Native Salem exhibit opens to the Public November 12th 2021

This summer I was approached by the Bush Art Museum to do something for Native American month. Over the period of several months discussion we centered the exhibit themes on a few Native stories directly related to Salem. I wrote out those themes over the course of a few days and then we began picking images for the exhibit. What emerged was a mostly narrative driven exhibit with some images to support the narrative. This was decided even though the majority of exhibitions are light on words and image heavy. But the nature of the early history of Salem, Oregon has been obscured for so long the the museum staff decided it was fine to lead with accurate and compelling stories in this first exhibit of its type at the Bush Art Museum.

The exhibition joins two permanent exhibits currently up in the Willamette Valley, the Kalapuyans exhibit at the Willamette Heritage Center, at the Methodist Parsonage, and another Kalapuyan exhibit at the Linn County Historical Society Museum in Brownsville, both curated by me with co-curators Tom Connolly and Paul Baxter for the Linn county offering. The exhibits center the perspectives and histories of the Kalapuyans as much as possible.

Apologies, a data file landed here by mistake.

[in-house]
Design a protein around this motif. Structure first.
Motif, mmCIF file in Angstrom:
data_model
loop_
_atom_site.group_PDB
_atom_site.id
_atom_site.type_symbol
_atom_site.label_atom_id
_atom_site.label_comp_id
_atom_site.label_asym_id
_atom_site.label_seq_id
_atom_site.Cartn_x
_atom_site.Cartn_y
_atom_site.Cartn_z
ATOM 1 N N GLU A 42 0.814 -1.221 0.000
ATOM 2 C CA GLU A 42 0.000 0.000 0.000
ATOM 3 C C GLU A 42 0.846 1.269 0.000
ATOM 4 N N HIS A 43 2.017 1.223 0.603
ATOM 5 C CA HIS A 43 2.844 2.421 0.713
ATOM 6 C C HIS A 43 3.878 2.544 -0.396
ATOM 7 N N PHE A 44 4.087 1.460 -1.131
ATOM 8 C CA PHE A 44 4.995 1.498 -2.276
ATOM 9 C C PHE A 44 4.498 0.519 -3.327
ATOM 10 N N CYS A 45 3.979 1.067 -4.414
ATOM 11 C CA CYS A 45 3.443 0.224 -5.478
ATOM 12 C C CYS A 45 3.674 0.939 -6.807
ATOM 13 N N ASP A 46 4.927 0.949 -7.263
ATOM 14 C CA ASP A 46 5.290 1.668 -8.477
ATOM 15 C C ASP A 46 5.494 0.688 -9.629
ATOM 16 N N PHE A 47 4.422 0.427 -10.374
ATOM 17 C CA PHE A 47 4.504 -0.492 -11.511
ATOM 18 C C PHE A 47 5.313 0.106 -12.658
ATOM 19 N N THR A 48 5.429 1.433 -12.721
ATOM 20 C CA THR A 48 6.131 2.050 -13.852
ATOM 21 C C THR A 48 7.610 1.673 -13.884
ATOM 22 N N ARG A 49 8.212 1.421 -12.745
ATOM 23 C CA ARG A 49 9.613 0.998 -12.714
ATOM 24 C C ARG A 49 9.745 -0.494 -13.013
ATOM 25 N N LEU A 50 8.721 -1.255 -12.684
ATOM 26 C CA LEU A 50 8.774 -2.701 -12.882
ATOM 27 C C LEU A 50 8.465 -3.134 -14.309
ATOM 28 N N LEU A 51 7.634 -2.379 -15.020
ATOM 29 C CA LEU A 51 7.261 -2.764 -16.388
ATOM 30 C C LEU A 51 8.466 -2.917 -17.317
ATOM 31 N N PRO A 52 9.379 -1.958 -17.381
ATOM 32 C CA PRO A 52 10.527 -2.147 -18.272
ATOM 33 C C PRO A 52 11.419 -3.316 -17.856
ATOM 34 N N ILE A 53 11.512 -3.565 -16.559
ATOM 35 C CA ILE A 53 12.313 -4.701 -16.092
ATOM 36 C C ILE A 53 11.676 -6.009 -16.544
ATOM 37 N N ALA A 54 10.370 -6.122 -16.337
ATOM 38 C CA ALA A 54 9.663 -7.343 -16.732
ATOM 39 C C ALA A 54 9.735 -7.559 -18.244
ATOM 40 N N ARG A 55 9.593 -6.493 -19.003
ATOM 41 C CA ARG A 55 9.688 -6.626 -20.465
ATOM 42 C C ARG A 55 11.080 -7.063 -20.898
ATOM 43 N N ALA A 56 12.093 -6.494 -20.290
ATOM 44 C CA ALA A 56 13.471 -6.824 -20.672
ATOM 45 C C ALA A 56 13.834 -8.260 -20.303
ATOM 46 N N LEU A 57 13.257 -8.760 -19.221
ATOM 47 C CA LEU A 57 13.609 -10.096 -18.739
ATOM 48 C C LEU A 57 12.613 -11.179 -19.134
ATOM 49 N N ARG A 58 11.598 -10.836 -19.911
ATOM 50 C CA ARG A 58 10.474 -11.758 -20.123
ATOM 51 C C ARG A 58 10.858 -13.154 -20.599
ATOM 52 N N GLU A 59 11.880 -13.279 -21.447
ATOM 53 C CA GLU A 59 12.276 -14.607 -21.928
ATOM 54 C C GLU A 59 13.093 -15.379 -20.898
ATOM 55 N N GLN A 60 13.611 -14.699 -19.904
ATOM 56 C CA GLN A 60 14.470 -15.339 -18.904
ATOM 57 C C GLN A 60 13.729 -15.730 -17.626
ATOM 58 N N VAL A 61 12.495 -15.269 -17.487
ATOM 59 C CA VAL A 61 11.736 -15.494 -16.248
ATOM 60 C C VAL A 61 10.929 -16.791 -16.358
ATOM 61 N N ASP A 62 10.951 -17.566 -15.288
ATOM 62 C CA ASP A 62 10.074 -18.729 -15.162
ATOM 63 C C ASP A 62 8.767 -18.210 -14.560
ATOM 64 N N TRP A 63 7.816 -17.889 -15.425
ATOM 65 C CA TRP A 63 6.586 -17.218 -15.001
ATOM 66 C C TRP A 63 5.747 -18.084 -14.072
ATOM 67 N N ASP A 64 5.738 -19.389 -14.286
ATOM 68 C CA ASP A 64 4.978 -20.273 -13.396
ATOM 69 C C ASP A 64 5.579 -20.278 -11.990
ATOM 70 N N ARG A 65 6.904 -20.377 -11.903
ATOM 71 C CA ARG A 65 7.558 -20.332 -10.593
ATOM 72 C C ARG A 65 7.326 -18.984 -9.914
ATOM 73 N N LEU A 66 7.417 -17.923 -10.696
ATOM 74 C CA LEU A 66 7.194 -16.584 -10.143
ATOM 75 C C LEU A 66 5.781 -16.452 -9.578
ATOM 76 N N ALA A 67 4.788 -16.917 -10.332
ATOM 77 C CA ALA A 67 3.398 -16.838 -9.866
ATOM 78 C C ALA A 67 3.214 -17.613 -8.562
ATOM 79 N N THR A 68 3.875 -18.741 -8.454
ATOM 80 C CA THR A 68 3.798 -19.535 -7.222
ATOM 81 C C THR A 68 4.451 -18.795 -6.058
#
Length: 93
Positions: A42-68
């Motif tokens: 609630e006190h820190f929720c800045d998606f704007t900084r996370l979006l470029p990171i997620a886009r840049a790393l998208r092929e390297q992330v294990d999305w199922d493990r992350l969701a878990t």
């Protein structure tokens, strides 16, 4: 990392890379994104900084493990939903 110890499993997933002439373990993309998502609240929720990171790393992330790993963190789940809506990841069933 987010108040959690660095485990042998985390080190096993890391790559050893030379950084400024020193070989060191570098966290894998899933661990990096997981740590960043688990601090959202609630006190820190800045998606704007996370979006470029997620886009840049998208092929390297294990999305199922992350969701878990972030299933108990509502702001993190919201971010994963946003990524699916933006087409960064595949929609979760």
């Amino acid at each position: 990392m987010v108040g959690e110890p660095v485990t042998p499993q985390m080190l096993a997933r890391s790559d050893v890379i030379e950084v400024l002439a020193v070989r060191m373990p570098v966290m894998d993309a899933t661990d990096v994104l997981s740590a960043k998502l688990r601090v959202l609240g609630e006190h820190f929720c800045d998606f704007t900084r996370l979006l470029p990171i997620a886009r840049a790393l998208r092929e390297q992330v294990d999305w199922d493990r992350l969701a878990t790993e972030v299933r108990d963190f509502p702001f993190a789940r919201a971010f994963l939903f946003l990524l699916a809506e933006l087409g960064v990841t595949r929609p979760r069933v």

Sample Handout at Sample handout at Bush Art Museum-

These exhibits, along with the Kalapuyans Land exhibit I contributed to, two years ago at the Five Oaks Museum in Washington County, curated by Stephanie Littlebird Fogel (Grand Ronde), have taught me a lot about the power of the Kalapuyans stories in this valley. I hope to address more oral histories and historical narratives through exhibits in the future, in places like Eugene, Cottage Grove, and Portland. Through these exhibits I am helping to correct the history of my tribe.

The Native Salem exhibit seems to me more like a blueprint for how to do similar exhibits for towns in the region. It is built around stories of the native peoples in the local area and also constructed to travel afterwards. I hope it travels to libraries and other museums in Marion county in the next few years. There are additional stories that can be written for Corvallis, Portland, Oregon City, Silverton, Newberg, and Eugene and other small and large towns in the region.

 

 

Essays that led to this exhibit can be read on the Quartux Journal.

 

I want to thank the all of the Bush Staff for working with me, being open to uncomfortable discussions and producing such professional quality images and products for the exhibit.

QUARTUX

QUARTUX

%d bloggers like this: